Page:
In addition, up to now, the four technological enablers have never been jointly analysed and connected to the BPM lifecycle in the way addressed in this project. This is possible because the international perspective inherent to the project enables the consortium to link different schools of thought, which are both technical and managerial, and thusly enrich the research.
Moreover, new ties have unexpectedly being established between third country partners that are not funded by the Commission (e.g. Liechtenstein seconds researchers to Australia and researchers from Korea are being seconded to Liechtenstein).
Regarding the societal implications, studies have been conducted addressing specifically the workforce in the BPM field. This area has – until now – not sufficiently been in the research focus. The studies describe challenges employees face, and how those can be tackled by both, employers and employees. Furthermore, the studies shed a light on gender issues in this context. As a specific success, the 2015 publication “A Gender Perspective on Business Process Management Competences Offered on Professional Online Social Networks” has been invited to the Journal “Business Information Systems Engineering (BISE)” as one of the outstanding papers of the “23rd European Conference on Information Systems (ECIS 2015)”. BISE is recognized as a B-rated journal. The extended version was finally published in 2016 (Gorbacheva, E.; Stein, A.; Schmiedel, T.; Müller, O. (2016). The Role of Gen-der in Business Process Management Competence Supply. In: Business and Information Systems Engineering (BISE), 58, 1–19.). The BISE senior editors recently recommended this paper as the journal’s “AIS (Association for Information Systems) Senior Scholars Best Paper Award” nominee.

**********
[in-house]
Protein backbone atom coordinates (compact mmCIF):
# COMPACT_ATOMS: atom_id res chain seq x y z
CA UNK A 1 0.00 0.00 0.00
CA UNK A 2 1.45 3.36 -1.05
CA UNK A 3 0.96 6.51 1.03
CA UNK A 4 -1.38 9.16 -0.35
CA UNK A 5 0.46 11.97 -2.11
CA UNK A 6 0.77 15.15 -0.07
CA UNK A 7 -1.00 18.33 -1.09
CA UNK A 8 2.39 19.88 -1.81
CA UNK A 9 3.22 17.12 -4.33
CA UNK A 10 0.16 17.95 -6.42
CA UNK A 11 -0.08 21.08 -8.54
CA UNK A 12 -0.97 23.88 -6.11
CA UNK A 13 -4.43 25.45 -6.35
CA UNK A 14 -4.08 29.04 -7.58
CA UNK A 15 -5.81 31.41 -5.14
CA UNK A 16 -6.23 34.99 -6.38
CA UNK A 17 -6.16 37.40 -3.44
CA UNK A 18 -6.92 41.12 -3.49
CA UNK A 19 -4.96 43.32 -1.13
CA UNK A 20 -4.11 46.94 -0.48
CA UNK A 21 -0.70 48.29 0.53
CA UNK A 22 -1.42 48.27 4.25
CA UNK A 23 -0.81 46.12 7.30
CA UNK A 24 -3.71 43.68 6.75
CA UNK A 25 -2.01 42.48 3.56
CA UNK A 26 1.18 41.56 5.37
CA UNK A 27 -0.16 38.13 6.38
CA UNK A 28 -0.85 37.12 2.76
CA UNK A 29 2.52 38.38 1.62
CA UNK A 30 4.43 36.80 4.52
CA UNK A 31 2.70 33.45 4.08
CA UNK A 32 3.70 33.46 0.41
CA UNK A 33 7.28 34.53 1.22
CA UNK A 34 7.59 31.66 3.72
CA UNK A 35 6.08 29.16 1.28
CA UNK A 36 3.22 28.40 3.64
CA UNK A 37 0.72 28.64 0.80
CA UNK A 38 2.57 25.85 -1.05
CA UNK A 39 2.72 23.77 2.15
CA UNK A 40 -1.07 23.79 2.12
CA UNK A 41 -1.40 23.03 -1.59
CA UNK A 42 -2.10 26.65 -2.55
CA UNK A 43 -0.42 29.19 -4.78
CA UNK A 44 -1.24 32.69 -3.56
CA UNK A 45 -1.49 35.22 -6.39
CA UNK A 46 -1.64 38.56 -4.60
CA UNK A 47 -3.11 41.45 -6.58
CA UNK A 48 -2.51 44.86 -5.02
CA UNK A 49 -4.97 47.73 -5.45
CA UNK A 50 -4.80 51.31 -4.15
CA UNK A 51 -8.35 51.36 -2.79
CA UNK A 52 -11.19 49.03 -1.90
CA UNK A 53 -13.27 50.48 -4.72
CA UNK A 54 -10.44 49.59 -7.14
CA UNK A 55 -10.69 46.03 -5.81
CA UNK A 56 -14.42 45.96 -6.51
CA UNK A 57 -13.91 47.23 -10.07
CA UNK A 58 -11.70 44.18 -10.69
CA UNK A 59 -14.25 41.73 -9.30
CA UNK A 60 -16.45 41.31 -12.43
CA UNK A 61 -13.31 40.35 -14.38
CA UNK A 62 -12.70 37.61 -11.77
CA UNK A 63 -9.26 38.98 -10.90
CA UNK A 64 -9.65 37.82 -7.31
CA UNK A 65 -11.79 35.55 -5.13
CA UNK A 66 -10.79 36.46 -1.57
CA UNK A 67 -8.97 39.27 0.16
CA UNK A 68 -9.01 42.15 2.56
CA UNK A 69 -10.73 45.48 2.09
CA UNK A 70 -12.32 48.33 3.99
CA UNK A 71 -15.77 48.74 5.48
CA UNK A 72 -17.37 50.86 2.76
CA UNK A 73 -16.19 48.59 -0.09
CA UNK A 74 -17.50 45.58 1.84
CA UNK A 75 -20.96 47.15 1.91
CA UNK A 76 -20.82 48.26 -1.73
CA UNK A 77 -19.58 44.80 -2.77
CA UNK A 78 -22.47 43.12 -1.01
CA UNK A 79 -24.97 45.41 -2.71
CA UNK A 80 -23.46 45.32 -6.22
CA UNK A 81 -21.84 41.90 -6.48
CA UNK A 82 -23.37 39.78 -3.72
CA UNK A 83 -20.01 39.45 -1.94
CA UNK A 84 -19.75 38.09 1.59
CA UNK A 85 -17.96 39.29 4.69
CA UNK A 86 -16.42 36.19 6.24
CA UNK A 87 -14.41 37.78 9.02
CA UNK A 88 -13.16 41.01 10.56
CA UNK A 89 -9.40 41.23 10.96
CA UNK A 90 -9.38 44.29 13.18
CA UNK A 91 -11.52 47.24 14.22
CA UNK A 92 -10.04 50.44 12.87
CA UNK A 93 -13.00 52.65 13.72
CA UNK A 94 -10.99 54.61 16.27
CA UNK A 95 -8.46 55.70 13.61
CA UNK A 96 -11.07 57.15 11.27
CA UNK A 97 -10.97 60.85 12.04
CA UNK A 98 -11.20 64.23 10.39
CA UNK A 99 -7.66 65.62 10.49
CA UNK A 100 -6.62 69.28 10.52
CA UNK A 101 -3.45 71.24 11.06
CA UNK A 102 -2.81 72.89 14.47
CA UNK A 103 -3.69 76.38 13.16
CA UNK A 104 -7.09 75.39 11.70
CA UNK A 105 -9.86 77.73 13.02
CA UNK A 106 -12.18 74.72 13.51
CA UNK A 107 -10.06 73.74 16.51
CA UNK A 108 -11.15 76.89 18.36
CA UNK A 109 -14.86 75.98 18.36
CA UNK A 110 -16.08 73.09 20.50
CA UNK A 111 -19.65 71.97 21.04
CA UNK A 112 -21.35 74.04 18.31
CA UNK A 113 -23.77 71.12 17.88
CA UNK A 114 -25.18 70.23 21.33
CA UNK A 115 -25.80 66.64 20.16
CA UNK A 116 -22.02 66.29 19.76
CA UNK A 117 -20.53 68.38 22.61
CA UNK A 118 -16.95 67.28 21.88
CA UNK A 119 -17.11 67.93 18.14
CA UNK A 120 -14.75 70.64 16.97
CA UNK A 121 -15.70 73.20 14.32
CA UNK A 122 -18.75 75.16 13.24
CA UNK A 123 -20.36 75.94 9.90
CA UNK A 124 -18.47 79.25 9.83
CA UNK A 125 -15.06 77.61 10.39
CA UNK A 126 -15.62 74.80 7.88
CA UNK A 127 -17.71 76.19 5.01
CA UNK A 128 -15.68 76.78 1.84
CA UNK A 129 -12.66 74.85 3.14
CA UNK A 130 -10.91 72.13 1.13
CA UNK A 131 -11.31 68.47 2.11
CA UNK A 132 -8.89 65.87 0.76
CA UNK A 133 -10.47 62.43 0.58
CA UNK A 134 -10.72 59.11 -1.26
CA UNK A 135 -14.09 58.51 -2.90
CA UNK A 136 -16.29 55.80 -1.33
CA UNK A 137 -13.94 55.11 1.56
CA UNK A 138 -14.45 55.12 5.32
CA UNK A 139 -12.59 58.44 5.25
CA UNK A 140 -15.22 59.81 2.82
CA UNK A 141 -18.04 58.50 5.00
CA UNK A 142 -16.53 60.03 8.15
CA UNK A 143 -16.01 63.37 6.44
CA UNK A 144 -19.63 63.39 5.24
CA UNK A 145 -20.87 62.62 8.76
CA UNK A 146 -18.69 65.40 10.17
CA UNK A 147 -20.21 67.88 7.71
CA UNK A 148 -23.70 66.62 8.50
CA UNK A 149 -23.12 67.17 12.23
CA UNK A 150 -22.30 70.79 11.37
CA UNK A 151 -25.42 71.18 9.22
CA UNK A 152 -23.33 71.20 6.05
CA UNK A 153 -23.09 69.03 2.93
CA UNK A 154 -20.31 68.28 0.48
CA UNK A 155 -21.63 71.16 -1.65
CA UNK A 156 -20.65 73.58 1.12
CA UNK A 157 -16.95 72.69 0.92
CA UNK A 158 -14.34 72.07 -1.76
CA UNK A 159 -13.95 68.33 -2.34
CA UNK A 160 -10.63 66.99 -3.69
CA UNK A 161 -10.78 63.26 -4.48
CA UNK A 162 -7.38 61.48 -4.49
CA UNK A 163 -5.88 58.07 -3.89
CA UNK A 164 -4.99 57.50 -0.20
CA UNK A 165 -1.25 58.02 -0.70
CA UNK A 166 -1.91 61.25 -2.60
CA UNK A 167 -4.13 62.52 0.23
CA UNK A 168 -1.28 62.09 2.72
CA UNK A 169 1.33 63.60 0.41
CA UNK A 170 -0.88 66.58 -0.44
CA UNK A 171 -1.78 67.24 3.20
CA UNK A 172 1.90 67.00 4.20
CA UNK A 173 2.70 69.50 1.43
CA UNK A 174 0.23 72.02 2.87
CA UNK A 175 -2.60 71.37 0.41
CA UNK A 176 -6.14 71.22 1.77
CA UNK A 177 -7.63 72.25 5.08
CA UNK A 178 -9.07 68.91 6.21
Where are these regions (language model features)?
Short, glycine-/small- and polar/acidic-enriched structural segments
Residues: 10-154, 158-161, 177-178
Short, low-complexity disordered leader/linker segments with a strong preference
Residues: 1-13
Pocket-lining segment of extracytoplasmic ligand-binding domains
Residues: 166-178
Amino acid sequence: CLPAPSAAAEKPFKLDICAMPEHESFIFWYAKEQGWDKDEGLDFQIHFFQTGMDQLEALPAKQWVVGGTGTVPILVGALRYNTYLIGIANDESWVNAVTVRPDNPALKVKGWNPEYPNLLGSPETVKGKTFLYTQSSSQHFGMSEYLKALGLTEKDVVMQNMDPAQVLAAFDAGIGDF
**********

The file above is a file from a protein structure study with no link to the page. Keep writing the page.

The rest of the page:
As another emerging societal topic, the potentials of the sharing economy are analysed. Research provides insights into how people can leverage these findings.
Finally, research on “Green IS” discusses social, environmental, and economic dimensions of Information Systems (IS), investigating a diverse range of questions. This research is currently still in progress and will be published during the second phase (provided acceptance by the outlets).
Consortium meeting in Vienna
Thomas Grisold (WU), Nadine Ogonek (WWU), Claudio Di Ciccio (WU) during their stay at QUT
Project Kick-off in Muenster
Discussions on Business Process Management
Breakout Session during the Kick-Off